The jury of three men and six women deliberated for a little more than a full day before delivering its sweeping exoneration of Merck. Frederick "Mike" Humeston had alleged that Merck had failed to warn the public about its safety concerns over Vioxx, which he claimed had caused his heart attack after he took the drug intermittently for two months.
The jury, which heard seven weeks of testimony, had to consider two charges: failure to warn and consumer fraud. In deciding against Mr. Humeston on the first question, it concluded that Merck either did not know that Vioxx carried cardiovascular risks at the time that Mr. Humeston was prescribed it in 2001, or that the company adequately warned physicians about those risks. It further determined that Vioxx was not a substantial factor in causing the heart attack.
In considering the claim of consumer fraud, the jury examined whether the company had misrepresented Vioxx's risks or otherwise used "unconscionable practices" in marketing the drug to physicians. It decided Merck had not done so.
"We're very pleased with the jury's verdict," said Jim Fitzpatrick, a spokesman for Merck.
"This confirms our strategy" to fight each case individually based on the science. "I think the science is very clear that there is no short-term risk."
Merck pulled Vioxx from the market in September 2004 after a long-term study showed the drug doubled risk of heart attack or stroke if taken for 18 months or longer. At its peak, Vioxx brought Merck about $2.5 billion in annual revenues.
Inside the Case
A cornerstone of Merck's defense has been that low-dose, short-term use of Vioxx wasn't found to cause heart attacks. Mr. Humeston said he took the painkiller intermittently for only two months. Unlike the central figure in the Texas trial, who died, Mr. Humeston survived and is back at work.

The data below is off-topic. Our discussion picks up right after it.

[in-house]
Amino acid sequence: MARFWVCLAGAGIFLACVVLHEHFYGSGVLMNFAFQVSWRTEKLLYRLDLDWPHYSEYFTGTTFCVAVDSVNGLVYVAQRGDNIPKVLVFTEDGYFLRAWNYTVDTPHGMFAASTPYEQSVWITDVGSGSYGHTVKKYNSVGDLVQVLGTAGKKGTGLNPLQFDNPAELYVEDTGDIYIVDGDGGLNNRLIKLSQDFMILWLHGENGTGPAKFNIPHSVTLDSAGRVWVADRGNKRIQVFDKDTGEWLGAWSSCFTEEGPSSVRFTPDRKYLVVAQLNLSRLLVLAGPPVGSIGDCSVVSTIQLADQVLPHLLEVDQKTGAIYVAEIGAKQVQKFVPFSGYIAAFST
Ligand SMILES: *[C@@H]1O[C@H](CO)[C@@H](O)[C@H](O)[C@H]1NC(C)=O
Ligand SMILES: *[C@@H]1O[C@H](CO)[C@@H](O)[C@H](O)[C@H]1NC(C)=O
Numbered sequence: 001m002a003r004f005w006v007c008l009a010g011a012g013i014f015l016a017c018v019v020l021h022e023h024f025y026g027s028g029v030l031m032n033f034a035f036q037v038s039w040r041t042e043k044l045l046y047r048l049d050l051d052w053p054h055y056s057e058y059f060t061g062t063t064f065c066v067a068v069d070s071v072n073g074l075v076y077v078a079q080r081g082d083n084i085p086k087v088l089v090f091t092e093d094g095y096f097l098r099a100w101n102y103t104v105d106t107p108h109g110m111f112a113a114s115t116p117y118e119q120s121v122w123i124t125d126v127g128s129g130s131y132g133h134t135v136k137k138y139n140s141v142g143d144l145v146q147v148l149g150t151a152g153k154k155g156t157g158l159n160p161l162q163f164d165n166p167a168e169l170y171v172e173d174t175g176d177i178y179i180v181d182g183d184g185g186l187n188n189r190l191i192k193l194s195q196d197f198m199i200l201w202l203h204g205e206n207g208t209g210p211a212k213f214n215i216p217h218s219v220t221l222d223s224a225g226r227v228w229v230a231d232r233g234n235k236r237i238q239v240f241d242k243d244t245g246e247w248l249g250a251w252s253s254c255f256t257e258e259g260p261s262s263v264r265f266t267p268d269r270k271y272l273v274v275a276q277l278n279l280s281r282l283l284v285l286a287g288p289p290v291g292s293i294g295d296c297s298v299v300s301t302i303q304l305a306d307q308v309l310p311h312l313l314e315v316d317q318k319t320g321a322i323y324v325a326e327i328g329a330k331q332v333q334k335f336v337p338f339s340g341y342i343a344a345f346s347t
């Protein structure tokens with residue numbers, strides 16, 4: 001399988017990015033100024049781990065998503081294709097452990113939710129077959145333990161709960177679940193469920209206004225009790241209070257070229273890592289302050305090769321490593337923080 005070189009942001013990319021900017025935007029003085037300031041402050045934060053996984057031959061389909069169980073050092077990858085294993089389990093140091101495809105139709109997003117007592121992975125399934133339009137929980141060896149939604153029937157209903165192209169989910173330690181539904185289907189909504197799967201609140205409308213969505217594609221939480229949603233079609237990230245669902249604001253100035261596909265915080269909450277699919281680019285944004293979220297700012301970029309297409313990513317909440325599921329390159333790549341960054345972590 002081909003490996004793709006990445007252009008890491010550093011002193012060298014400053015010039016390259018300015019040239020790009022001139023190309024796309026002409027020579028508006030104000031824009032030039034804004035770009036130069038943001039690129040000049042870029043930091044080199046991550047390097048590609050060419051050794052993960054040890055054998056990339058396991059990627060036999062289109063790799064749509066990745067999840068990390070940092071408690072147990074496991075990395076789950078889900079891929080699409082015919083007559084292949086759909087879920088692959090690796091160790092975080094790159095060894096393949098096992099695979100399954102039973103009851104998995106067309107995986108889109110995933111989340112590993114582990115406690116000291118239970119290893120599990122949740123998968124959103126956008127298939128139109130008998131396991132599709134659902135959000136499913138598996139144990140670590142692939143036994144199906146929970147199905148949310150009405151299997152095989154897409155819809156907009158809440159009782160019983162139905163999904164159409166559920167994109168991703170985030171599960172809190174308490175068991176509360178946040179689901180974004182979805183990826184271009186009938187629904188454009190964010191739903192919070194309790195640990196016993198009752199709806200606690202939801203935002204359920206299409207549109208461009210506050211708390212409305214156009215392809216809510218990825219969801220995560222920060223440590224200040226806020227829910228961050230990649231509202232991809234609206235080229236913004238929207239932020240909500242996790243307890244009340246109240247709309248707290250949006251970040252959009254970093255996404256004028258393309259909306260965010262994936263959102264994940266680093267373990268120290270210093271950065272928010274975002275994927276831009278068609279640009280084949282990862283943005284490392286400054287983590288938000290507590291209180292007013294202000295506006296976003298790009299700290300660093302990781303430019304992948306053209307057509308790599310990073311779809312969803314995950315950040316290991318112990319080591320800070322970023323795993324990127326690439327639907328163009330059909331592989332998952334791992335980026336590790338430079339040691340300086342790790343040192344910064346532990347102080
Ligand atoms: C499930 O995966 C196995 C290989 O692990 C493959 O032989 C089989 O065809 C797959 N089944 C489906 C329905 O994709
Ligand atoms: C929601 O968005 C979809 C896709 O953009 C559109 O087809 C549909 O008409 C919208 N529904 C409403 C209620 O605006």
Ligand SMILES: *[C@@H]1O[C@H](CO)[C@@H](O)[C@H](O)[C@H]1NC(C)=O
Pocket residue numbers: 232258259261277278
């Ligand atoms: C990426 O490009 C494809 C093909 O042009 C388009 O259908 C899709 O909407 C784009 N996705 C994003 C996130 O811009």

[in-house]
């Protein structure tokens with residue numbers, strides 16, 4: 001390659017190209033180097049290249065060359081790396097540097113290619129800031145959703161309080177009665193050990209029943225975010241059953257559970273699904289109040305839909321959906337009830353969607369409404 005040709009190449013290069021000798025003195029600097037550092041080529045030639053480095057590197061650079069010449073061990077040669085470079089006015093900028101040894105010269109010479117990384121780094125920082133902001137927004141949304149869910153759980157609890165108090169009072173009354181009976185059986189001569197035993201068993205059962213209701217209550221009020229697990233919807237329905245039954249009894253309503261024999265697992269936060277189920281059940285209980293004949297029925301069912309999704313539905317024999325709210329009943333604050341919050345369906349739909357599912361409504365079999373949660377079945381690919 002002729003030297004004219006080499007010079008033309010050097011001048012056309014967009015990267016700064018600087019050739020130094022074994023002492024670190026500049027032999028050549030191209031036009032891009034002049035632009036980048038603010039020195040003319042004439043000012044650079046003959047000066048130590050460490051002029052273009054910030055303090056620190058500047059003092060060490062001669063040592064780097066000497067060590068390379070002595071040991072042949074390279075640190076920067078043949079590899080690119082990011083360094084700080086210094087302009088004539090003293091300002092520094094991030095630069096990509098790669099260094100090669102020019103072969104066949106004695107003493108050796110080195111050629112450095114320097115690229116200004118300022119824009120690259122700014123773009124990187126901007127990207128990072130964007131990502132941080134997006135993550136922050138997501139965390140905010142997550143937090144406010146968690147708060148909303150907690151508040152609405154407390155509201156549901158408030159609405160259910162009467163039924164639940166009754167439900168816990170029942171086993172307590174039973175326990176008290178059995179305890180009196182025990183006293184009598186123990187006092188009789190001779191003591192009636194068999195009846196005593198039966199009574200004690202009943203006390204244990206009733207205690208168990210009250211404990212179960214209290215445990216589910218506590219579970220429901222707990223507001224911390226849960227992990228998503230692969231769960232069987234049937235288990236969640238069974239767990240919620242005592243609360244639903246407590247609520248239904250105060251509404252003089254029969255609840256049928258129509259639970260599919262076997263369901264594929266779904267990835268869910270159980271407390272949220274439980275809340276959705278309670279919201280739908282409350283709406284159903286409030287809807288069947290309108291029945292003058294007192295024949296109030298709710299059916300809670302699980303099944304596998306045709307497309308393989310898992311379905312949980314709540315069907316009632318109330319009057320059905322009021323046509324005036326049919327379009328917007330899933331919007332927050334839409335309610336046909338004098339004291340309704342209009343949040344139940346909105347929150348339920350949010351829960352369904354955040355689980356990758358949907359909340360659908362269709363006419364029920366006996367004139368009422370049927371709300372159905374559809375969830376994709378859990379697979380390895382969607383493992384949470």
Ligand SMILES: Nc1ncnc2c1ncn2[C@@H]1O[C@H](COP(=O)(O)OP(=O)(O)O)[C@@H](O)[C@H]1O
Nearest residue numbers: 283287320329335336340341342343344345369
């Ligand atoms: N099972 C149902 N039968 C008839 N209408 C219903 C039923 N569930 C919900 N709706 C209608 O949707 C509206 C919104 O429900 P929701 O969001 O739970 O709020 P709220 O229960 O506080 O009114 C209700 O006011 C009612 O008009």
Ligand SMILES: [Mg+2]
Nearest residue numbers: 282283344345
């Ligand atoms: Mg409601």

Mr. Humeston's lawyers and expert witnesses said the clinical studies gave warning signs about its risk and that the company failed to adequately investigate them before introducing Vioxx in 1999.
The Food and Drug Administration approved Vioxx as "safe and effective" for treating different types of pain four separate times over the years, the last time a month before Merck pulled it off the market, Merck has said.
Agreeing with Mr. Humeston's lawyers that the best evidence in the case was Mr. Humeston himself, Merck's defense tean insisted his physical condition -- he had elevated blood pressure, was overweight and was under stress from a dispute with his U.S. Postal Service bosses -- triggered the Sept. 18, 2001 heart attack, not Vioxx.
Mr. Humeston had been given a 30-pill Vioxx prescription in May 2001 but didn't use it all because he said it wasn't working for him. But he got a second prescription two months later. Mr. Humeston and his wife, who also testified, remembered that he had taken the last pills in the bottle the night he was stricken, but she couldn't remember when his last dose was when she was asked at the hospital later.
The judge overseeing thousands of federal lawsuits said that an effort by plaintiff's lawyers to keep their cases in state courts was "counterproductive" to his desire to eventually settle all claims. "There's a movement afoot to work outside" multidistrict litigation, U.S. District Judge Eldon Fallon told lawyers at a status conference. "I think that's counterproductive."
The first federal Vioxx trial opens Nov. 28 in Houston.
Plaintiffs' lawyers Mark Lanier of Houston and Perry Weitz of New York say they have assembled a legal "dream team" of 10 law firms and 350 lawyers to push all future Vioxx lawsuits into state courts. Federal courts are generally considered more defense friendly. Plaintiffs allege the company knew Vioxx was dangerous years before withdrawing the drug but downplayed those concerns to push sales.
After the Nov. 28 Vioxx trials, the next federal Vioxx trials will be in February, March and April next year.
--Darren McDermott contributed to this article